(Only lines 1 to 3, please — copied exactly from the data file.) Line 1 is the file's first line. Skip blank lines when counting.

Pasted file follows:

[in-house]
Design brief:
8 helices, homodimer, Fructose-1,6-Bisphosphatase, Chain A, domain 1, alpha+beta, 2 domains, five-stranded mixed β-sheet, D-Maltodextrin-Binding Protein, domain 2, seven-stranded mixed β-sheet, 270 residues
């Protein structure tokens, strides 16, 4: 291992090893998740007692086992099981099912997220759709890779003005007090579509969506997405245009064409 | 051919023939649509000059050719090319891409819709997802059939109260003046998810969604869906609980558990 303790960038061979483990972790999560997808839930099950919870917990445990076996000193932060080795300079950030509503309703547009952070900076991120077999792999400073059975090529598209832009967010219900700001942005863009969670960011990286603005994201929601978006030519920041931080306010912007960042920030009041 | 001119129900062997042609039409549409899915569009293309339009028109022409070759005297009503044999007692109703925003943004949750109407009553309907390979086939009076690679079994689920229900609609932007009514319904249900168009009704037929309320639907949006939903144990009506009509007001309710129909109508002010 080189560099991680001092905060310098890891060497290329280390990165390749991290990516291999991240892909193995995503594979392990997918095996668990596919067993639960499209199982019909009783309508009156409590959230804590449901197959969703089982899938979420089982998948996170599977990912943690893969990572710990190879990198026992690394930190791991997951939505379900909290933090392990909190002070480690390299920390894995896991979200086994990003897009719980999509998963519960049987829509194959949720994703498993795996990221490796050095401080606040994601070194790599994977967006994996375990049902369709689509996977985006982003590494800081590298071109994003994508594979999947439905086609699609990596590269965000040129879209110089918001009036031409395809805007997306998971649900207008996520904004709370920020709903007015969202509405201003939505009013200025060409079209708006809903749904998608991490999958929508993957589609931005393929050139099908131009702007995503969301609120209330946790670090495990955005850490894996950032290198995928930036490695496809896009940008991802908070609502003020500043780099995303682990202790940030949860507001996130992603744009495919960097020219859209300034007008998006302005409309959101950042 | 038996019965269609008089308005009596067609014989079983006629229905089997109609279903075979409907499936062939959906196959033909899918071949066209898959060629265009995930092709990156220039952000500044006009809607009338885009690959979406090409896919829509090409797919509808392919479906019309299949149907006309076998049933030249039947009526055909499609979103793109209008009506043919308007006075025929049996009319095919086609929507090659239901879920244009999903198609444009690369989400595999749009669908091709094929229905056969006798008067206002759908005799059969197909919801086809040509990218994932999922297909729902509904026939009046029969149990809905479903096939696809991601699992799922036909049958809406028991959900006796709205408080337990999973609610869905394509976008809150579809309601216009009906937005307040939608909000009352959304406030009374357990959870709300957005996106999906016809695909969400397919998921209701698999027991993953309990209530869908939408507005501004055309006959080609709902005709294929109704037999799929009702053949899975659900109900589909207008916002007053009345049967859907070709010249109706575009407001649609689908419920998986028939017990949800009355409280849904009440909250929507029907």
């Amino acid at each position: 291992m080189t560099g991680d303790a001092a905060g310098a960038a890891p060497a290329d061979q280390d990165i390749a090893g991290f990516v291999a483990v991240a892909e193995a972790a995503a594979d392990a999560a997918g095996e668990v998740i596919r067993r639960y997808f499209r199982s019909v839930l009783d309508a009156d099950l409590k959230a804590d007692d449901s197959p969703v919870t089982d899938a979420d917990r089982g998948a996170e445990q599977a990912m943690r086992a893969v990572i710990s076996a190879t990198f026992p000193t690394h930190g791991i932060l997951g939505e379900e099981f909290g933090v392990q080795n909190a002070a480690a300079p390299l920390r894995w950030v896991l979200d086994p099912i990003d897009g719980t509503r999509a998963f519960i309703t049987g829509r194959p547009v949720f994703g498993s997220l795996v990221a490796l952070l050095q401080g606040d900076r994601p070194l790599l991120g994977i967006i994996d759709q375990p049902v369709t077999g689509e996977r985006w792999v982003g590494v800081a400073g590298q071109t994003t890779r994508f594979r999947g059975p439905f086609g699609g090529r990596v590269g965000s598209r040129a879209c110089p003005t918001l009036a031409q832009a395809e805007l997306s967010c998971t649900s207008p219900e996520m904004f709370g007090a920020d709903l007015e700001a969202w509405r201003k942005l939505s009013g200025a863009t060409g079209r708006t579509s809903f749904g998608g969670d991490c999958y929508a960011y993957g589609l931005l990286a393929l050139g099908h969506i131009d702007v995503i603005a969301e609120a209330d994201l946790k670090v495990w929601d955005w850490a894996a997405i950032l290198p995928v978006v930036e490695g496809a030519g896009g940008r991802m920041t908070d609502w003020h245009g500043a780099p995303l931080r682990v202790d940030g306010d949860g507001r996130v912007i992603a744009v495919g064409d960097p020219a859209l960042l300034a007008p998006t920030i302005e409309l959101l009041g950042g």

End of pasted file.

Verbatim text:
[in-house]
Design brief:
8 helices, homodimer, Fructose-1,6-Bisphosphatase, Chain A, domain 1, alpha+beta, 2 domains, five-stranded mixed β-sheet, D-Maltodextrin-Binding Protein, domain 2, seven-stranded mixed β-sheet, 270 residues